Binondo is a district in Manila and is the oldest Chinatown in the world and it was founded in 1594 and was established by Spanish Governor Luis Pérez Dasmariñas as a permanent settlement for Chinese immigrants who converted to Catholicism. It is a vibrant place and like most Chinatowns in the world it is studded not just with inexpensive goods but with restaurants too, and it’s one of the reasons why you visit such locations.
Our recipe today is one of the old Filipino Chinese recipes, Crispy Shrimps which is basically a Filipino Chinese version of the Salt and Pepper shrimp which in turn comes from the same family of dishes like Salt and Pepper Chicken, Salt and Pepper Squid, Salt and Pepper Tofu and Salt and Pepper Spare Ribs to name some where the primary ingredient is meat that is deep fried giving a crispy outer layer then seasoned with salt, pepper and chillies. So what is the difference between this Chinese and Filipino Chinese dish? First the Filipino Chinese version uses small shrimps which gives is a bigger shell to meat ratio making it crispier than its Chinese cousin, it’s a good way to use those small shrimps to where it is hard to remove the shells. Another major difference is the use of pepper, since we don’t have Sichuan peppercorns back in my home country what’s used in this dish is white pepper powder and/or black peppercorn, so it does not have that numbing sensation that you get from the Chinese counterparts. Finally the most Filipino bit on this dish is serving it in a spiced vinegar mix called sawsawan. Apart from that everything is the same from the rest of the ingredients up until to the cooking method.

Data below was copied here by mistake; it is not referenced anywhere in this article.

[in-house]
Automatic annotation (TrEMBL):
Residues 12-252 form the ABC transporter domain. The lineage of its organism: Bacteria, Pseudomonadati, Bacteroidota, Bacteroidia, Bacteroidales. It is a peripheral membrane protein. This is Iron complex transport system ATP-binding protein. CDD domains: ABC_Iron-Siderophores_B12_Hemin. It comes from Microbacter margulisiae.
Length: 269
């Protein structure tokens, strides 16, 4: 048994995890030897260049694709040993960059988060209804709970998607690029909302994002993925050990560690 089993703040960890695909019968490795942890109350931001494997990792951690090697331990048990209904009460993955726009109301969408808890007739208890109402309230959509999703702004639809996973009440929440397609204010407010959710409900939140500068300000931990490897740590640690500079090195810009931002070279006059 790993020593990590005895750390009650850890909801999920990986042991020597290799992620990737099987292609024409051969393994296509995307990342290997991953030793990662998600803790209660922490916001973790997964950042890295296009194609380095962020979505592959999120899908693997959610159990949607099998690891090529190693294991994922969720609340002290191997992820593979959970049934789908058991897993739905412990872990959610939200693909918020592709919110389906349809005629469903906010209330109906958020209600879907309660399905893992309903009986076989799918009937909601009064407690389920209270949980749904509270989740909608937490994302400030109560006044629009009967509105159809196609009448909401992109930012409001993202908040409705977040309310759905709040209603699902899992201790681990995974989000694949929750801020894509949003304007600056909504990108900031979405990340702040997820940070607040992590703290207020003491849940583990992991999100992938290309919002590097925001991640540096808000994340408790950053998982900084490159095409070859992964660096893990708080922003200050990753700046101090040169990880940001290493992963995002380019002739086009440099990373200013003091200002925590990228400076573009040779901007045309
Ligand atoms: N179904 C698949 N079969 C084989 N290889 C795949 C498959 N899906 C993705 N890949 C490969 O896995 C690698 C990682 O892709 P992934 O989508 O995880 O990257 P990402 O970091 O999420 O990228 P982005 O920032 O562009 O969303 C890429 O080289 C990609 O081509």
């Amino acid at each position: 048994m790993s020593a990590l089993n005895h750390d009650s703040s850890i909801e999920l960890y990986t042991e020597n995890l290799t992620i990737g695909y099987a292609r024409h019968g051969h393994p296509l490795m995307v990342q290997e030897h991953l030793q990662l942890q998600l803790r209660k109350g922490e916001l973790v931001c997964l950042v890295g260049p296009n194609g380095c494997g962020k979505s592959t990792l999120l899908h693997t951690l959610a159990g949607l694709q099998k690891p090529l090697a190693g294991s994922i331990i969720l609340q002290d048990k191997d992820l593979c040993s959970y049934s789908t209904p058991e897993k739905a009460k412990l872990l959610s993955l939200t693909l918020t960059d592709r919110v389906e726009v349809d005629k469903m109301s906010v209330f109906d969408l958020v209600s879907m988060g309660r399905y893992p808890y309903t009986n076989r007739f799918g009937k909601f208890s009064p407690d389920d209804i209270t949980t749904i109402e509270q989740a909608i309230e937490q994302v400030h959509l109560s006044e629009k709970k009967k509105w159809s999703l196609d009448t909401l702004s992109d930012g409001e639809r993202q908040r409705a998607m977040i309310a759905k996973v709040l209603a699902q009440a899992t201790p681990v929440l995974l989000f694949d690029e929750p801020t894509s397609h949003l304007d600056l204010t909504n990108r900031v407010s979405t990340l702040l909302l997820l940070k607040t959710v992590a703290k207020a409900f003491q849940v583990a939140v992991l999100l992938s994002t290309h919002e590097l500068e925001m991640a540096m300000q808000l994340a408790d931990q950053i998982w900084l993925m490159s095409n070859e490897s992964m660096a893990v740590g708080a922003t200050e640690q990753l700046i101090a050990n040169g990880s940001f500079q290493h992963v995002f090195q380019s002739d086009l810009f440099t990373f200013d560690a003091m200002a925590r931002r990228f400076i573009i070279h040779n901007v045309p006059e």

I know you might be asking now whether the shrimp head is consumed on this dish, well yes and that’s totally edible and the one that adds excitement to the dish as this part is the crunchiest bit. Don’t freak out like some of my readers had before when they saw prawns in my picture complete with head and shells, all of the body parts of the shrimp tastes similar you won’t even notice it.
Place shrimps, garlic powder and cornstarch in a bowl then toss to coat.
Heat oil to 180C in a wok, then deep fry shrimps in batches for 1 minute or until golden and crispy. Using a slotted spoon, remove shrimps from the oil, place in a colander to drain excess oil.
In a separate wok, dry roast peppercorn and salt for 10 minutes in low heat. Remove from wok, let it cool then roughly ground in a spice mill or a mortar and pestle.
Back to your wok, in medium heat add the salt and pepper mixture then toss the deep-fried shrimp, stir fry briefly to coat shrimps in the mixture, this will take around a minute. Remove from wok then serve.